by Tim Goodwin
A will is the foundation of your estate plan and it is essential if your financial affairs are to be settled in accordance with your wishes. If you die without a will, or "intestate" as the law refers to it, essentially the state becomes your executor and your property will be distributed according to its laws. Drawing up a will has become so easy, and it is relatively inexpensive, leaving very little reason why everyone shouldn’t have one. The question becomes whether you should have a living trust in addition to your will.
What is a Living Trust?
A living trust, or "inter-vivos" trust, is an estate planning mechanism that enables you to have your property transferred to, and managed by a trust during your lifetime. And, because it is revocable, you can change it at any time depending you’re your circumstance. After your death, the trust becomes irrevocable and all of its provisions must be carried out by a trustee who is designated by you.
The Key Advantages of a Revocable Living Trust
- Keeps your assets out of probate: The assets owned by your trust are passed directly to your family, thereby avoiding the delays and costs of probate court.
- Keeps your affairs private: What goes into your trust stays with your trust, at least as far as your private financial matters. Your will is a matter of public record, but a trust is not.
- Keeps things running smoothly: You can arrange for a trustee to manage its assets even after your death in order to maintain the continuity of income from a business or an asset.
- Keeps the trust going: In cases where a trustee in no longer able to perform the duties, your trust can designate successors who can step in immediately.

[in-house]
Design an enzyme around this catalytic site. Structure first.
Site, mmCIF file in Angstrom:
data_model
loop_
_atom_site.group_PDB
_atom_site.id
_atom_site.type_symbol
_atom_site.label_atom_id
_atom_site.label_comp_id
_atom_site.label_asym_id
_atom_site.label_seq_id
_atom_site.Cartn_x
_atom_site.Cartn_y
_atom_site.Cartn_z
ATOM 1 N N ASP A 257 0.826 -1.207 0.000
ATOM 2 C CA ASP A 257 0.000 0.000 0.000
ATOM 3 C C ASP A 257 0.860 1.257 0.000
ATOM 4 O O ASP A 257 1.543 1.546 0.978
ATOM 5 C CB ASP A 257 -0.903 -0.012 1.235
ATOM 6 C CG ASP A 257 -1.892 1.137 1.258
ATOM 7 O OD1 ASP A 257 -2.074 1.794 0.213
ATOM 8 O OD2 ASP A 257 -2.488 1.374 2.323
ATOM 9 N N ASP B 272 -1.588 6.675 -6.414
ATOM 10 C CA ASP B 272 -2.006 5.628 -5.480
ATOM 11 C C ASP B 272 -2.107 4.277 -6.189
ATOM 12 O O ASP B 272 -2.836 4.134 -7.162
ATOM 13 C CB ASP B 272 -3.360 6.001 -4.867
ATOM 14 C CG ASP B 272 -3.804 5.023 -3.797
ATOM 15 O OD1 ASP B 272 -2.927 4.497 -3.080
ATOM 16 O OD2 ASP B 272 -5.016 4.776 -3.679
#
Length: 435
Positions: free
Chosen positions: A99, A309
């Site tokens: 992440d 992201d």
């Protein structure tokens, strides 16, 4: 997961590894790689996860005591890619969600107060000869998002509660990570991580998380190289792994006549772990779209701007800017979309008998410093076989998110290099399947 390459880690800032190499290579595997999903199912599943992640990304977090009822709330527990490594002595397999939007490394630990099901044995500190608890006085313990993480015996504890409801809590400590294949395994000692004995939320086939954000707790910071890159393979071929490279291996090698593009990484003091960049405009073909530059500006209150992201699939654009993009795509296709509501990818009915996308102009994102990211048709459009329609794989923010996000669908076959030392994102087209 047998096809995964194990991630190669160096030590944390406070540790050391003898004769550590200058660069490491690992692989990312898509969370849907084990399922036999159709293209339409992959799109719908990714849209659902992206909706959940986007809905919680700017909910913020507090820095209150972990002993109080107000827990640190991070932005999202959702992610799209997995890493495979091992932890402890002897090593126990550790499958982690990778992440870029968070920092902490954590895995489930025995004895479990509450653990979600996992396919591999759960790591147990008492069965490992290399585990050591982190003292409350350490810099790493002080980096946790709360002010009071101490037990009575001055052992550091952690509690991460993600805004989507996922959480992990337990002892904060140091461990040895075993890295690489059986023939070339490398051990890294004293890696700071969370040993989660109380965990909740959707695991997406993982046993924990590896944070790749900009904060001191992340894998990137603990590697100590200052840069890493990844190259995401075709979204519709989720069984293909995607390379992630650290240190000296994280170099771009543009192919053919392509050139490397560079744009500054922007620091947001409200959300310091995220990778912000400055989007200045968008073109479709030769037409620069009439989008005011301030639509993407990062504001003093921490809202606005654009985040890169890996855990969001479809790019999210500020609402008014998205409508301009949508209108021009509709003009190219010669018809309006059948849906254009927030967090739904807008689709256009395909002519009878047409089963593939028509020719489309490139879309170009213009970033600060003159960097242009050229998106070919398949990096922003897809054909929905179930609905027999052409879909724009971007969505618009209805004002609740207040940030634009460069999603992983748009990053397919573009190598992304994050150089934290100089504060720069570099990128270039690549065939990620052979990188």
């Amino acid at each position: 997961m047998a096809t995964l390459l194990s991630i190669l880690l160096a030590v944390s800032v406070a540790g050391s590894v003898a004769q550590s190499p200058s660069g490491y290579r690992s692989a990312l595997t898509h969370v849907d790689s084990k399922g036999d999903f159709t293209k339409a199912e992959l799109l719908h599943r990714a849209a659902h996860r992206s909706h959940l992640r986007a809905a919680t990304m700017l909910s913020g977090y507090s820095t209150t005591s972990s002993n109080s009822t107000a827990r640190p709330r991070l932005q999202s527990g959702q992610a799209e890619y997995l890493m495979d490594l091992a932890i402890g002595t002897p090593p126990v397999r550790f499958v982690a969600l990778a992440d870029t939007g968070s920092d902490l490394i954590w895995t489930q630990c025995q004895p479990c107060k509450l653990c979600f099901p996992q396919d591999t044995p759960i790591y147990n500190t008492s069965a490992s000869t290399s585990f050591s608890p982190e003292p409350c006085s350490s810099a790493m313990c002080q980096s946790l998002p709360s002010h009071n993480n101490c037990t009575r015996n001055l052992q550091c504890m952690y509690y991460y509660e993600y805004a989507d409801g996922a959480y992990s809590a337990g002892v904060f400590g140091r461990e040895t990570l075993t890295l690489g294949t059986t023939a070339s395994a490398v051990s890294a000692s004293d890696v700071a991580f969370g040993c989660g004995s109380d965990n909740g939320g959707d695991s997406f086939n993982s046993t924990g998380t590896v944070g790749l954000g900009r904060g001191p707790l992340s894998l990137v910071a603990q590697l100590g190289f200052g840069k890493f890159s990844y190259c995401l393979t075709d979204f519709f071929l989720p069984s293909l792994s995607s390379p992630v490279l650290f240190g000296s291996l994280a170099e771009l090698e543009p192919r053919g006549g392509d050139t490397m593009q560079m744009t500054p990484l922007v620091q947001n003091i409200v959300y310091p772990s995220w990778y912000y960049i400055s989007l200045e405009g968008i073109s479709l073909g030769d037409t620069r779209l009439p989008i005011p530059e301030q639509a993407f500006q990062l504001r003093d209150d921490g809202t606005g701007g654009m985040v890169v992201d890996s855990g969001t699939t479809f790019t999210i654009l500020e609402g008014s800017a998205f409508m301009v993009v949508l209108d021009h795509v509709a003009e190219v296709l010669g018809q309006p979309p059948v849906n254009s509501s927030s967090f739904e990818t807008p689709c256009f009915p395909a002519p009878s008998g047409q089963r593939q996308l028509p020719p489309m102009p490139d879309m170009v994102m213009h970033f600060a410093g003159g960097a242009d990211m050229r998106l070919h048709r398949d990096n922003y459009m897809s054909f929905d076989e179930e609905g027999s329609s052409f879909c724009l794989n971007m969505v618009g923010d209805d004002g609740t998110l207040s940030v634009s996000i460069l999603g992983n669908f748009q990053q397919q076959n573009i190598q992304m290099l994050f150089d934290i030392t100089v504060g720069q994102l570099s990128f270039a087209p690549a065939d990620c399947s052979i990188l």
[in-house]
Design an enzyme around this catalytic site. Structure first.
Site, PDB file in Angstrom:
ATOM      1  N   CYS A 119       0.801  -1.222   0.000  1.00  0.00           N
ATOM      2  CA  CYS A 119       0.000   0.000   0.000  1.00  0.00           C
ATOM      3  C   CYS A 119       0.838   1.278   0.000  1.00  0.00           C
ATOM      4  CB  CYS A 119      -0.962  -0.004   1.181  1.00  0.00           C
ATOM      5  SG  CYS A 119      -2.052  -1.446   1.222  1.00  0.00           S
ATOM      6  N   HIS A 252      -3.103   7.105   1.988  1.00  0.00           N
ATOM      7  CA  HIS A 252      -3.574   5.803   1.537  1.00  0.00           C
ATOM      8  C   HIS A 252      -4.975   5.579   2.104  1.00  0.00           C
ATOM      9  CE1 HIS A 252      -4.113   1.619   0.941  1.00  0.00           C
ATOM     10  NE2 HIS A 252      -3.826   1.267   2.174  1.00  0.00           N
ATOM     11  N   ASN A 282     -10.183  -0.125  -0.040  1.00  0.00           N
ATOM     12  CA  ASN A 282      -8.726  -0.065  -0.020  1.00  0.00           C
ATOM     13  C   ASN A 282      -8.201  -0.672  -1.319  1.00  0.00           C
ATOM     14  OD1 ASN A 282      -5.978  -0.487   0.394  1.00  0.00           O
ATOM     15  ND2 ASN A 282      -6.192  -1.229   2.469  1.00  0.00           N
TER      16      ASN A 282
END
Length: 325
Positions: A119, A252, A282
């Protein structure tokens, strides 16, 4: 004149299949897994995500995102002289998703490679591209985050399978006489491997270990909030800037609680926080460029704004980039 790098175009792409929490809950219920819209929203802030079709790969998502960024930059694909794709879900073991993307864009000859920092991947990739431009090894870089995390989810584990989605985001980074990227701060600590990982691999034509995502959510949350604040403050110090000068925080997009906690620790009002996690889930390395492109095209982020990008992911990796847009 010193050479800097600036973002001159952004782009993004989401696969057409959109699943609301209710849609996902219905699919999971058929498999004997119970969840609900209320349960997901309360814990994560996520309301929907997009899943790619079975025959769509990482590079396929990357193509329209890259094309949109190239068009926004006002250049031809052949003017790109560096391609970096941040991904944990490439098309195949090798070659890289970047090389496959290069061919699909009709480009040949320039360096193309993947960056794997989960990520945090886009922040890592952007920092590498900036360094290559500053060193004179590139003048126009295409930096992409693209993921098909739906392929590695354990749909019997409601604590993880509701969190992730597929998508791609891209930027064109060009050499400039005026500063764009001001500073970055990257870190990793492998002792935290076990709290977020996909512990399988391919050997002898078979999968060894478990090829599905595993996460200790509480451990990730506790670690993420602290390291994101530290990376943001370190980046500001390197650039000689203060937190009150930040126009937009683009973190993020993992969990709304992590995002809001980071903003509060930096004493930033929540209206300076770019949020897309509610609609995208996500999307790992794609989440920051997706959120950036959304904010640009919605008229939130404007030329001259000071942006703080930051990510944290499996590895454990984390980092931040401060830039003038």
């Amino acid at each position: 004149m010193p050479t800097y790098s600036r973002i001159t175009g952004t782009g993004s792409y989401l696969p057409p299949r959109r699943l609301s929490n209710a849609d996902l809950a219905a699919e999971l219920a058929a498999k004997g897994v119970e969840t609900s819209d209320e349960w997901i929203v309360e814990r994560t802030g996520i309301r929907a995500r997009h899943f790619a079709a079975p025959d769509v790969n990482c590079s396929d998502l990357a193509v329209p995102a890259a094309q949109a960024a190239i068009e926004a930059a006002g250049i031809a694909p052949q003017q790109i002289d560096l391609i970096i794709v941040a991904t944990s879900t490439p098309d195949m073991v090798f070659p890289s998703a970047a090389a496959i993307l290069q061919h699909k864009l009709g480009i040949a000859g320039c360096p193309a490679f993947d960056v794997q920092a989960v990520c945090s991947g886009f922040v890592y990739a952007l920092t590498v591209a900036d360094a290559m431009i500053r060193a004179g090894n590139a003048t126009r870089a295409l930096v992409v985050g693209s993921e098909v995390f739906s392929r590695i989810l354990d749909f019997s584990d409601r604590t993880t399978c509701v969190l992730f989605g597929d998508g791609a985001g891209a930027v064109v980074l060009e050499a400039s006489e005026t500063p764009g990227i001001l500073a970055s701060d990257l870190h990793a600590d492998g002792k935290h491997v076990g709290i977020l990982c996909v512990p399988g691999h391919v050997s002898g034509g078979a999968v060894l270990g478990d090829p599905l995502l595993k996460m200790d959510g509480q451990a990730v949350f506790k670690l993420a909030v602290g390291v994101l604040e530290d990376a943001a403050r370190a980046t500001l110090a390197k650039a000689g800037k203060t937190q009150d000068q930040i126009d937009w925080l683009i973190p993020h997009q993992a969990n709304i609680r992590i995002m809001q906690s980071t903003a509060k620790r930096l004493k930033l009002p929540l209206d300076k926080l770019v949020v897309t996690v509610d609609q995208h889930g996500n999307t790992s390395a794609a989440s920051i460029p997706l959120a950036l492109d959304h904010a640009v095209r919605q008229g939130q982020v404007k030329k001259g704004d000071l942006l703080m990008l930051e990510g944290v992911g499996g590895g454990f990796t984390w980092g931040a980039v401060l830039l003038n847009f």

Revocable Living Trust Basics
Parties to the Trust: A trust includes a grantor (you), a trustee (you, your spouse or anyone you designate), and a beneficiary (typically your surviving family).
Establishing the Trust: A living trust can be set up fairly quickly. It usually requires an attorney to draft and authenticate the trust which is a legal document that specifies all of the grantor’s terms, names a trustee and beneficiary, and then lists all of the trust’s assets. After the grantor and the trustee sign the trust, the title of selected properties and assets can be changed to the trust as owner.
The Life of a Trust
A revocable living trust is a living document that can be changed or revoked by the grantor at any time during his or her life. So, if changes in marital status or other family relationship occur, they can be reflected in the trust. Assets and properties can be added or removed. Trustee designations can be changed. Your living trust should be reviewed periodically, because after the death of the grantor, it will become irrevocable (if the grantor includes both spouses, it continues as a revocable living trust).
You Still Need a Will
The living trust is the mechanism for distributing your property, however, you still need a will in order to execute the trust. The trust is the primary beneficiary of your will. The added benefit of having a will is that, for any property or assets that might have been excluded from the trust, the will acts as a "catch all" to ensure that all property is distributed according to your wishes. Additionally, if you need to designate a guardian for dependent relatives, you need a will, because there is no place in a trust to establish guardianship. No matter how large your estate, if you have any concerns with the distribution of your assets, you should consider a revocable living trust. It is recommended that you seek the services of an estate attorney in drafting your trust as well as for periodic reviews.